Gurmeet Singh Bekraar
I inquisitively tilted my head to the left. A bizarre sound of body patting echoed synchronously in the surroundings. In that Covid ward of Govt. Hospital, I along with my better half, having been bitterly bugged by Corona virus, vituperatively called as COVID-2019, were admitted.
In that assumingly unpropitious ward exclusively meant for COVID patients, no one could prognosticate what lay ahead in the coming moments. The doomed death twirled a macabre dance day and night around the half-dead laid covid patients. Time rolled back; on 30th April all of my family members fell prey to COVID when a horrific message flashed on my cell phone at 01:30 A.M. that we all are tested positive. Next day, X-rays showed severe infection in my wife’s lungs. We immediately rushed her to the Govt. Hospital.
We both got admitted in the same hospital. As a matter of fact, I should have not been there. My oxygen reading was 94 which is a normal level. I was there to instil a fighting spirit in my wife’s otherwise sagging morale. In the late evening as the natural light dimmed outside, fluorescent tubes grew brighter inside the ward. Likewise, the sound of body patting too grew louder. It is actually a physiotherapy exercise to increase oxygen level in the body for instant upgradation.
At around 8 p.m., an elderly couple, who must have been in there 70’s, from the neighbouring district, walked in to next bed of mine. The lady limped while walking. Her husband was diagnosed Corona positive. No one was with them. The thought of their loneliness while the lady barely managed to walk, shuddered me within.
Few bubbles of tears ballooned up in the socket of my eyes as I watched their harrowing helplessness, simultaneously realizing my own compunctious helplessness to assist them. By 9 P.M., I made up my mind to vacate the bed. I knew patients far more critical than me were waiting down in the emergency section to be shifted to COVID ward. When I asked a Doctor on duty to discharge me, he advised me that I should get discharged next morning. I somehow felt annoyingly squirming in my bed. I again entreated Doctor to discharge me right now. Luckily, change of mind, he acquiesced to my request and took down an undertaking from me that I am leaving the hospital at my own will and risk.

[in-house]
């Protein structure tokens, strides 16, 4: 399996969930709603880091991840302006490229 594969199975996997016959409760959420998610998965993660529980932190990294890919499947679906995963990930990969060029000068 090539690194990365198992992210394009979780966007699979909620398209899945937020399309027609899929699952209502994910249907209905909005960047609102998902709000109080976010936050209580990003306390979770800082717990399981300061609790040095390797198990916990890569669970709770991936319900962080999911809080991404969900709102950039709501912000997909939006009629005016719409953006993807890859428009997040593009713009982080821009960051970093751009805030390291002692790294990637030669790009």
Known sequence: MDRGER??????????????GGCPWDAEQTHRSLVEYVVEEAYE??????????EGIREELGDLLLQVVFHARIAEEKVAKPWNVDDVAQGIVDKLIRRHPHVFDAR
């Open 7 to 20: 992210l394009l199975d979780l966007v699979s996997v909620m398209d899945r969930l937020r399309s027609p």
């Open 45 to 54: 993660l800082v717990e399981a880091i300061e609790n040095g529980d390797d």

Once home on the very next day, I developed a minor cough in my throat. I rushed to get my X- Ray done which revealed a mild chest infection. The very next day I hastened to drive myself to CD hospital where Doctors had my CT scan done. They prescribed few medicines and advised me to go home and get quarantined as I needed no hospitalisation.
My kids who had mild symptoms of Corona were treated with the help of my Doctor friend’s consultation on phone. As my treatment went on, my weakness grew mani fold. Even little errands like going to washroom seemed an arduous task. Sometimes my oxygen level dipped below normal after a little exertion like walking few steps. On the other hand, my wife had toughest time of her life. One night she made a distressed call at 3 A.M., she sounded horrifically disoriented and implored me to take her out of this hospital. Before I could react, she hung up the phone. After few minutes, her sister rang me up.
Sobbing hysterically, she beseeched my permission to take her out. I had no reason to say no yet clouds of doubt hovered over my head for the simple reason that situation across the country at that time was too frightening as the oxygen supply had suddenly fell short to the tsunami rise of COVID second wave patients. For few moments, I realised that I was miserably mired in a queer quandary. Many a time it happens that when you are cornered from all directions, you surrender yourself to the fate. What actually happened was a death took place in front of her which blasted her morale to shreds. She was hallucinated to conclude that it was now her turn to go. Later, a doctor friend’s advice not to leave the hospital at any cost did wonders.
Back home I was woefully writhing in a ‘wreaking havoc’ weakness to the extent that chatting on phone for a minute drained all energy out of me. Negative feelings popped up their titanic tentacles as if to choke me to an oceanic floor bed. I was forced by my frail body and a delirious state of mind to question myself whether I shall ever be normal again? However, the only ray of hope which rekindled all my other decimated hopes was a singular thought: that my wife’s suffering at the hospital was million times more than me!
After a week, she was discharged from the hospital after her oxygen level improved and tested negative for COVID. Back home I managed to come out of my room for the first time since I was waylaid by COVID to welcome her at the gate. If merely a thought of her fight with CORONA could rejuvenate me, then why not a war with CORONA be waged and won by all of us!
Gurmeet Singh Bekraar